July 9th, 2014 | Published in Uncategorized
Last night after Scott Kveton resigned, I agonized over how to fit all of the hurt I’ve heard from friends and the impact on our local tech community into a tweet.
I rewrote the tweet several times. So much rewriting that when I look at it now, I see fragments of previous incarnations still in the tweet.
All that rewriting was for naught. I failed to convey what I meant. The tweet came off as tone-deaf at best and at worst could contribute to an environment that makes women who have been assaulted feel that it is unsafe to come forward.
I’m very sorry. Too many people I care deeply about have been victims of sexual assault. The fact that I might have contributed to an environment that makes it harder for women to speak up, even inadvertently, is inexcusable and saddens me immensely.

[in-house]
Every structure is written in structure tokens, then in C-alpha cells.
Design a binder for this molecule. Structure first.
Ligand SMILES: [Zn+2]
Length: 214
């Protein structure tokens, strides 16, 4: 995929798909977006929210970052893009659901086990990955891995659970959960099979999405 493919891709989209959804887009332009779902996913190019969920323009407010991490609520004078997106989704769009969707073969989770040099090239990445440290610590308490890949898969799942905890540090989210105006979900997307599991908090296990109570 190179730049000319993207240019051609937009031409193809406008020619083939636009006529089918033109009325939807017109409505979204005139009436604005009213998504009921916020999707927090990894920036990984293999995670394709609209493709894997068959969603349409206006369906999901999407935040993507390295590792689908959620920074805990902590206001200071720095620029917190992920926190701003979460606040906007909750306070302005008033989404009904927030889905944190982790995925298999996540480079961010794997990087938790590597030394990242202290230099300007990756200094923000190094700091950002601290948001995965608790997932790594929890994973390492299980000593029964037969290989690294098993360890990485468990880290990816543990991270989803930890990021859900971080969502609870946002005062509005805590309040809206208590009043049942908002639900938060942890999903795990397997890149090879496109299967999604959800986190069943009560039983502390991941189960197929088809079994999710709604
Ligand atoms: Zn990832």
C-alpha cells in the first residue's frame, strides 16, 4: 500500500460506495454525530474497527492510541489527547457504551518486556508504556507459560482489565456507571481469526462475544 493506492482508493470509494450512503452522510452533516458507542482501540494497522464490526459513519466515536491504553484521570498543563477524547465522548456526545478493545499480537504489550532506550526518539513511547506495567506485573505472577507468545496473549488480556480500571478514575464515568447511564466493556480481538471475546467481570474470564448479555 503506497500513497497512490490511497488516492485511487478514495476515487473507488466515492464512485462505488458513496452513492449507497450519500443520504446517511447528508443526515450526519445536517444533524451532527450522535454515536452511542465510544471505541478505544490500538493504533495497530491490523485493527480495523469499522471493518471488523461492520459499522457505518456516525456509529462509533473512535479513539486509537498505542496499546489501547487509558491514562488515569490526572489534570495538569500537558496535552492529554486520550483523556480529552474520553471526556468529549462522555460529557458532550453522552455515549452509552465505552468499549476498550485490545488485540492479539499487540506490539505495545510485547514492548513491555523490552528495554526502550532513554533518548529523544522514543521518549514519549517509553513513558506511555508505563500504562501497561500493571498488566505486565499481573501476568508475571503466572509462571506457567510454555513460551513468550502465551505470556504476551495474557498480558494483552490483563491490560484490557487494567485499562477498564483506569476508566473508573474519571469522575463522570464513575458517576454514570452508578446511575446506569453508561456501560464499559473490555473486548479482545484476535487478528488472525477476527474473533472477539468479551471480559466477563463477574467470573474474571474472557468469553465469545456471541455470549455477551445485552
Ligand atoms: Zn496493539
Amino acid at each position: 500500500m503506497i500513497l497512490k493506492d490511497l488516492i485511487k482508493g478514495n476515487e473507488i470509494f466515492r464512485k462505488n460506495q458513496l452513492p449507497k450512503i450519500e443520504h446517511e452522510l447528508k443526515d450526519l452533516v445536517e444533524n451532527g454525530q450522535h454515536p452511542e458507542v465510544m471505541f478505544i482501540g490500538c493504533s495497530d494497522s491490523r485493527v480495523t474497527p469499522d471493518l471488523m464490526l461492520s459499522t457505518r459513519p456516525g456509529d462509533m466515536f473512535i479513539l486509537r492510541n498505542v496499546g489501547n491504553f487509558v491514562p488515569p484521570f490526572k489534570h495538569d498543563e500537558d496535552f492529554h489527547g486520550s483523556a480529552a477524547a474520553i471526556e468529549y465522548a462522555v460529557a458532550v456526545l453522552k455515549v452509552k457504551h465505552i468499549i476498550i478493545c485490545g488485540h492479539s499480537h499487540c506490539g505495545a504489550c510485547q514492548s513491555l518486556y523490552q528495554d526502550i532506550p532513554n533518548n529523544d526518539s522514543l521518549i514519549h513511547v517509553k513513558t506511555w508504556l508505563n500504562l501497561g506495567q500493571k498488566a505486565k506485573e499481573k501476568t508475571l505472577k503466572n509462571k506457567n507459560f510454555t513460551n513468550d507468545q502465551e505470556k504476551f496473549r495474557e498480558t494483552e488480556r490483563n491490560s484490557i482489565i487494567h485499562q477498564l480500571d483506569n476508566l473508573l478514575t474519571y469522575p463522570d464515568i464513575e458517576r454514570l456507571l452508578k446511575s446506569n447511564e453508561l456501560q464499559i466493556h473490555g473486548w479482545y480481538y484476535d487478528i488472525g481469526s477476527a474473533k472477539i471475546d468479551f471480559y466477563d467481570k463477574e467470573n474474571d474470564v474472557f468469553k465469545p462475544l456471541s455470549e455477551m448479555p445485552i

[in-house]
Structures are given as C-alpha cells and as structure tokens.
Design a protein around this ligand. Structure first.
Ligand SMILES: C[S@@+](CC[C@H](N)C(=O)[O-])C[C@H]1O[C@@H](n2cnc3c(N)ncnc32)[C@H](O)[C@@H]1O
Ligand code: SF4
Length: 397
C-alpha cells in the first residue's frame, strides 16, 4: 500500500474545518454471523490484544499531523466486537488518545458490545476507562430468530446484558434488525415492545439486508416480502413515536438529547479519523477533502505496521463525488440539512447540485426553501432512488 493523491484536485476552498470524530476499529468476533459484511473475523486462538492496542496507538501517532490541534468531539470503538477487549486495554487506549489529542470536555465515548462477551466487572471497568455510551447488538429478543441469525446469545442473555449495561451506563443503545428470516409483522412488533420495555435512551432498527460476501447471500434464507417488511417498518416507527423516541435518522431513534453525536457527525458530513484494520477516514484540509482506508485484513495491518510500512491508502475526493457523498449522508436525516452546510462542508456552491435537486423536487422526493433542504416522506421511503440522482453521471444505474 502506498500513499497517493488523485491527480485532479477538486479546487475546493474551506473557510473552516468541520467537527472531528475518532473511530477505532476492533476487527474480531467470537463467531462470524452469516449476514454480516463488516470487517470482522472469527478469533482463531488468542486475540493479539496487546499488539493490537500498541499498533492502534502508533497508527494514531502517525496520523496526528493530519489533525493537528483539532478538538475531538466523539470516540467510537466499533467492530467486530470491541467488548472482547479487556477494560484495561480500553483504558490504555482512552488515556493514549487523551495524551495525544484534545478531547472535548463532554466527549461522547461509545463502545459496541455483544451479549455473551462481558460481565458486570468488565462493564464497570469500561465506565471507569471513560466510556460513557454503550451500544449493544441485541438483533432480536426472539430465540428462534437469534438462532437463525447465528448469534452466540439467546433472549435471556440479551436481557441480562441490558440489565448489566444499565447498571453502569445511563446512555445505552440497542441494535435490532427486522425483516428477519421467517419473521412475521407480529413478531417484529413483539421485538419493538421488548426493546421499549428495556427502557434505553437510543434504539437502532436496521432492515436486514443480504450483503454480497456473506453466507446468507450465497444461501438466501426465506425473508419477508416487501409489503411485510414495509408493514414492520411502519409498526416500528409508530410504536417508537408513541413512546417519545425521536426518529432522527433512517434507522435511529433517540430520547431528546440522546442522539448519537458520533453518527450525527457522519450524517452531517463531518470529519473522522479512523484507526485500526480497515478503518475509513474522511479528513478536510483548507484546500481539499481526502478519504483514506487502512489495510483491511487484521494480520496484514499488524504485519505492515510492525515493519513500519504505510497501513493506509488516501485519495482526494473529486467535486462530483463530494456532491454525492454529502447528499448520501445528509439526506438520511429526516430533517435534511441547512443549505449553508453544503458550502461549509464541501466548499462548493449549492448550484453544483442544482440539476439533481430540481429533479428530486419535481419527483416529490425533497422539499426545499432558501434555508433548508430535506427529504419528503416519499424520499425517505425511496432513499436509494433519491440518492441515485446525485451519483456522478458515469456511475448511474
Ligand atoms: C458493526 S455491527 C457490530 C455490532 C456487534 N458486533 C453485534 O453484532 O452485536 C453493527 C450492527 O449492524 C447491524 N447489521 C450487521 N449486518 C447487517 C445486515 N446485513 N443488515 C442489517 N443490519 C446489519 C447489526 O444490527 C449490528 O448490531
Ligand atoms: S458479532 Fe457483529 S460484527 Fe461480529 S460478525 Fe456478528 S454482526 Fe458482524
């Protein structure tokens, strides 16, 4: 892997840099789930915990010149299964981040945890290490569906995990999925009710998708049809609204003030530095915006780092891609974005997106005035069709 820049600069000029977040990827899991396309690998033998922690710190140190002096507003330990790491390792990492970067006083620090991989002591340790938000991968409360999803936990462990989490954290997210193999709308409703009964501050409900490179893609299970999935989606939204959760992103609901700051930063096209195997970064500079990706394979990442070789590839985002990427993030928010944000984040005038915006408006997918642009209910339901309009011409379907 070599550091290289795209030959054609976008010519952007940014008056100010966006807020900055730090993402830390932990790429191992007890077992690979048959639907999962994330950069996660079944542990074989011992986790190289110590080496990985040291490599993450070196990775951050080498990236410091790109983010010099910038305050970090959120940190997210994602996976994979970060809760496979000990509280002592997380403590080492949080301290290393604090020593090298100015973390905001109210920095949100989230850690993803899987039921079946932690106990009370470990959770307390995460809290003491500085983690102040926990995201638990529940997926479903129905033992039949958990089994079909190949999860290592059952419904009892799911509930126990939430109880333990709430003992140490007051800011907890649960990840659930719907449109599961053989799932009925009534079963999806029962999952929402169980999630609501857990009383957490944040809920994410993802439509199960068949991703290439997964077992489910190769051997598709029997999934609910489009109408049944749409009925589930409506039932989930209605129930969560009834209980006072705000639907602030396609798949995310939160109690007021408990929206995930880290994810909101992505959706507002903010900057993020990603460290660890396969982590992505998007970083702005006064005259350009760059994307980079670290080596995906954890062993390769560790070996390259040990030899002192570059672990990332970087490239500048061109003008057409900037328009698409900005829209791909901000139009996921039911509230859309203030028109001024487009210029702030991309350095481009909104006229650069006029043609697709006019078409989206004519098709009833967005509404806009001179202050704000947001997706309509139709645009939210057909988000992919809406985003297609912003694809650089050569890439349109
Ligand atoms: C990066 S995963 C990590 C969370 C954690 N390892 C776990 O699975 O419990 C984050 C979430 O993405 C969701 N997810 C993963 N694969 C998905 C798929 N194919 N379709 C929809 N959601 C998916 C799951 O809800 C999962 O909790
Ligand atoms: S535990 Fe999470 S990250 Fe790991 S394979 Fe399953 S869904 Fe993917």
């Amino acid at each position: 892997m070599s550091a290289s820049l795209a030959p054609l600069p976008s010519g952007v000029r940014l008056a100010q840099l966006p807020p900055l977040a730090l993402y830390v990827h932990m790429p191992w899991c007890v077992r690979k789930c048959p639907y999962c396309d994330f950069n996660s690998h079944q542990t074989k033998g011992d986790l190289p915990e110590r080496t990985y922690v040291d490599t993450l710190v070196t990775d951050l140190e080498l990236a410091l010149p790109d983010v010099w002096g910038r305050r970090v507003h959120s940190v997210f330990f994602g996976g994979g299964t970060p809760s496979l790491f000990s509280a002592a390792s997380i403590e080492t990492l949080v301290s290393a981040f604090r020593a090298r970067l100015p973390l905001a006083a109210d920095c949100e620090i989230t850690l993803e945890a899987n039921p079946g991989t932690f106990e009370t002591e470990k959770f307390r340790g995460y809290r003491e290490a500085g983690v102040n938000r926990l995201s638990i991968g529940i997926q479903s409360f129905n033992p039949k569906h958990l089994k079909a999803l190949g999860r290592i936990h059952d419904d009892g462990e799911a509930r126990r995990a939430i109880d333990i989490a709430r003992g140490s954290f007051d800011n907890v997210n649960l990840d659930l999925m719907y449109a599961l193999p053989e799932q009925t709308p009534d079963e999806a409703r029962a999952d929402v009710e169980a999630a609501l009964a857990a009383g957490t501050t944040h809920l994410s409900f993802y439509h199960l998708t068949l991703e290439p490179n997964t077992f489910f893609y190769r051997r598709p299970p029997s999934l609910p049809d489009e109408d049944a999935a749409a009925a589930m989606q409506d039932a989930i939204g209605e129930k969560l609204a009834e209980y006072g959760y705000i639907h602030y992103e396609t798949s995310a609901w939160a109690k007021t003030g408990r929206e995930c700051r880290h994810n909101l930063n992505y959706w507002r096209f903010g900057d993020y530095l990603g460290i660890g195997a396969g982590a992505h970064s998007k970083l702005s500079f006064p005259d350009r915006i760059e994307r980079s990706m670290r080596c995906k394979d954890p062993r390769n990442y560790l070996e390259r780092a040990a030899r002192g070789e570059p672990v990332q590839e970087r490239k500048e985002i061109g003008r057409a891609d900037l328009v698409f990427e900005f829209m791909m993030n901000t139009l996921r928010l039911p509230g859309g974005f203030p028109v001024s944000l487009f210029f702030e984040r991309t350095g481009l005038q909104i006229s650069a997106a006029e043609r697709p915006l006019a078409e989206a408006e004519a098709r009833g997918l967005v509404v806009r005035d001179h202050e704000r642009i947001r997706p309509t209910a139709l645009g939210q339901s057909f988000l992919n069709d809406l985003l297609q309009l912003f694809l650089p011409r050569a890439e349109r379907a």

One factor that contributed to how my tweet landed was the fact that it was included in an Oregonian article under a sentence that said that “the decision to step down received immediate, sympathetic responses from within Portland’s tight-knit tech community.”
This framed my tweet in a much more negative way than it was intended. In no way does it excuse my mistake, but it did contribute to a more negative portrayal.
To be clear, I meant my tweet as support for the employees and families at Urban Airship that I know who have had nothing to with this matter. I condemn the actions that Scott Kveton is accused of. And I support the victim in what must have been a difficult and painful experience.
I hope people can accept my apology. And I promise to more conscious of the message that such ambiguously-phrased support sends to the people in our industry and community. These are complex and often painfully-personal issues that deserve a more careful and considerate effort.
I want to continue trying my best to help make ours a more inclusive and supportive community, especially for those who need that most.